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    ABSTRACT: Over the past 18 months, there have been notable developments in the direct-to-consumer (DTC) genomic testing arena, in particular with regard to issues surrounding governmental regulation in the USA. While commentaries continue to proliferate on this topic, actual empirical research remains relatively scant. In terms of DTC genomic testing for disease susceptibility, most of the research has centered on uptake, perceptions and attitudes toward testing among health care professionals and consumers. Only a few available studies have examined actual behavioral response among consumers, and we are not aware of any studies that have examined response to DTC genetic testing for ancestry or for drug response. We propose that further research in this area is desperately needed, despite challenges in designing appropriate studies given the rapid pace at which the field is evolving. Ultimately, DTC genomic testing for common markers and conditions is only a precursor to the eventual cost-effectiveness and wide availability of whole genome sequencing of individuals, although it remains unclear whether DTC genomic information will still be attainable. Either way, however, current knowledge needs to be extended and enhanced with respect to the delivery, impact and use of increasingly accurate and comprehensive individualized genomic data.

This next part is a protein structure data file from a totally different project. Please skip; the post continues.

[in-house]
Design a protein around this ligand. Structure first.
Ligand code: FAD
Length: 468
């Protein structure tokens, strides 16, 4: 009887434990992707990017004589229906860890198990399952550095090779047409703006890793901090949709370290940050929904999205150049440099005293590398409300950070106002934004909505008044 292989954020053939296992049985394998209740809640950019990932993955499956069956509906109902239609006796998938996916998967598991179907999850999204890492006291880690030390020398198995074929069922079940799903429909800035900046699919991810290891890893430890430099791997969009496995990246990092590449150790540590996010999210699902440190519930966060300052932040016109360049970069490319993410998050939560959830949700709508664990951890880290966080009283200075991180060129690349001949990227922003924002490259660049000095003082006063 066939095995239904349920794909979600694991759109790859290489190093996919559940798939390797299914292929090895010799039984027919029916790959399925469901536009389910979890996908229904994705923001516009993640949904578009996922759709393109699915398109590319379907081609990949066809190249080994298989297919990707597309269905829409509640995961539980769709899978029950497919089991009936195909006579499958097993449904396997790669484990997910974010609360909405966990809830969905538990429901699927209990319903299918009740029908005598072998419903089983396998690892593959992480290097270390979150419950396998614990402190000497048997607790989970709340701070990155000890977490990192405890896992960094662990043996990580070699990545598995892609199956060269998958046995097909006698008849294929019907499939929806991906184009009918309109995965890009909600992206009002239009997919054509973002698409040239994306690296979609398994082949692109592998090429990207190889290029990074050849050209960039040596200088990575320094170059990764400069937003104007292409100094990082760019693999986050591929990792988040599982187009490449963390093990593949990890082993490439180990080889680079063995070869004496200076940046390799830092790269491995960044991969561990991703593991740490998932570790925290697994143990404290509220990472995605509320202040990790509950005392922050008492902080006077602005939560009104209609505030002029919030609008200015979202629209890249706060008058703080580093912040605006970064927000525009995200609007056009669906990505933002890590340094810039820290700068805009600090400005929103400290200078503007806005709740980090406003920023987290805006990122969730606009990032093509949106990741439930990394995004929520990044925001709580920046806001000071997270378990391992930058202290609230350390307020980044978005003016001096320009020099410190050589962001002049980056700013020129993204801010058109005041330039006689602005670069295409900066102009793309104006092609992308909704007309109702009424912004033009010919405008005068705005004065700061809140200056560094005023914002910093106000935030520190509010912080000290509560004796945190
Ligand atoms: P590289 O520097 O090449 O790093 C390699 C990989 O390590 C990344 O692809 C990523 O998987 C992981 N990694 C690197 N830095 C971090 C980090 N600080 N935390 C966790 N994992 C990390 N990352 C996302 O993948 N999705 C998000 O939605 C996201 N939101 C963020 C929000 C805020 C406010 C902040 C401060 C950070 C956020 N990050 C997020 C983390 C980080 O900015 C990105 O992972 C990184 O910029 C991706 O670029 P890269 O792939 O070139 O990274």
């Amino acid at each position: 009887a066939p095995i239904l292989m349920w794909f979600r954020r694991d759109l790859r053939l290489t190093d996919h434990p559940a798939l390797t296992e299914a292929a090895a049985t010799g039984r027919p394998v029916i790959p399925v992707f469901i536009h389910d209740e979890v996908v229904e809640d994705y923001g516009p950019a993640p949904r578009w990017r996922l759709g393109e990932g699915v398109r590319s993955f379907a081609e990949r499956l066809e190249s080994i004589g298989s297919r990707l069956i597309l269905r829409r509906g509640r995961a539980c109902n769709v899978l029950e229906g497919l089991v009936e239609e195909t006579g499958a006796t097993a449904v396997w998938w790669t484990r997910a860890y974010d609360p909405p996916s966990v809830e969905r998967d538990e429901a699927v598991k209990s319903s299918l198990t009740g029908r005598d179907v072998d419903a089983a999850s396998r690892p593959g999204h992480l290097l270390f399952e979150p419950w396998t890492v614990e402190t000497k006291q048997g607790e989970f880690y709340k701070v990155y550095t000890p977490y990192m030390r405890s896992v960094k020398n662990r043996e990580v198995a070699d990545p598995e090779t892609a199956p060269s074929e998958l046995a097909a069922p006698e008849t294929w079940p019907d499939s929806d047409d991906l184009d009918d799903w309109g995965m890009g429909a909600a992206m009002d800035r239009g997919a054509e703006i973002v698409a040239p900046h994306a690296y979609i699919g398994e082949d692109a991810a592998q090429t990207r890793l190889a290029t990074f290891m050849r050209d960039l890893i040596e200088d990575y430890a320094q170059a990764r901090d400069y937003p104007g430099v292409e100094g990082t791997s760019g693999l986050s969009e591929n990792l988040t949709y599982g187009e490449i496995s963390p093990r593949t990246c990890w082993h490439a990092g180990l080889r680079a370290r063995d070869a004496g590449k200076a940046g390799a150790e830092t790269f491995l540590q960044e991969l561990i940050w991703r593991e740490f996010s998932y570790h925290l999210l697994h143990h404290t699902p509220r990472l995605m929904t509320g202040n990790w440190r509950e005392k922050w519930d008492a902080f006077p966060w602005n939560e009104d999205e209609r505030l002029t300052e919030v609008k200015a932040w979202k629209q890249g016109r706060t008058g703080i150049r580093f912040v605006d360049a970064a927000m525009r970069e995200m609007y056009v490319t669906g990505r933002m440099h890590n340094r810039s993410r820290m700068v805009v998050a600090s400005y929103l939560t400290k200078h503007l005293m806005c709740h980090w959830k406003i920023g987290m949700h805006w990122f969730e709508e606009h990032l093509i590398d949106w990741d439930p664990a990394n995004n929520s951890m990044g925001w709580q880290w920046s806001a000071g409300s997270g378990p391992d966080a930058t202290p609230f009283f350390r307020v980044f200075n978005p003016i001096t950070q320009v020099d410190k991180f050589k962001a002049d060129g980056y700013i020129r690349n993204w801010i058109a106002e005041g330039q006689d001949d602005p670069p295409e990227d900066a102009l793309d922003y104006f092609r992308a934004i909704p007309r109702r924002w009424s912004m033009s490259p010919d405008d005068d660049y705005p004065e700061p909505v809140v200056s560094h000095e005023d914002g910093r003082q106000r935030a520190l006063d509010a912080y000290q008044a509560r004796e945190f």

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    ABSTRACT: Background: Variable health literacy and genetic knowledge may pose significant challenges to engaging the general public in personal genomics, specifically with respect to promoting risk comprehension and healthy behaviors. Methods: We are conducting a multistage study of individual responses to genomic risk information for Type 2 diabetes mellitus. A total of 300 individuals were recruited from the general public in Durham, North Carolina: 60% self-identified as White; 70% female; and 65% have a college degree. As part of the baseline survey, we assessed genetic knowledge and attitudes toward genetic testing. Results: Scores of factual knowledge of genetics ranged from 50% to 100% (average=84%), with significant differences in relation to racial groups, the education level, and age. Scores were significantly higher on questions pertaining to the inheritance and causes of disease (mean score 90%) compared to scientific questions (mean score 77.4%). Scores on the knowledge survey were significantly higher than scores from European populations. Participants' perceived knowledge of the social consequences of genetic testing was significantly lower than their perceived knowledge of the medical uses of testing. More than half agreed with the statement that testing may affect a person's ability to obtain health insurance (51.3%) and 16% were worried about the consequences of testing for chances of finding a job. Conclusions: Despite the relatively high educational status and genetic knowledge of the study population, we find an imbalance of knowledge between scientific and medical concepts related to genetics as well as between the medical applications and societal consequences of testing, suggesting that more effort is needed to present the benefits, risks, and limitations of genetic testing, particularly, at the social and personal levels, to ensure informed decision making.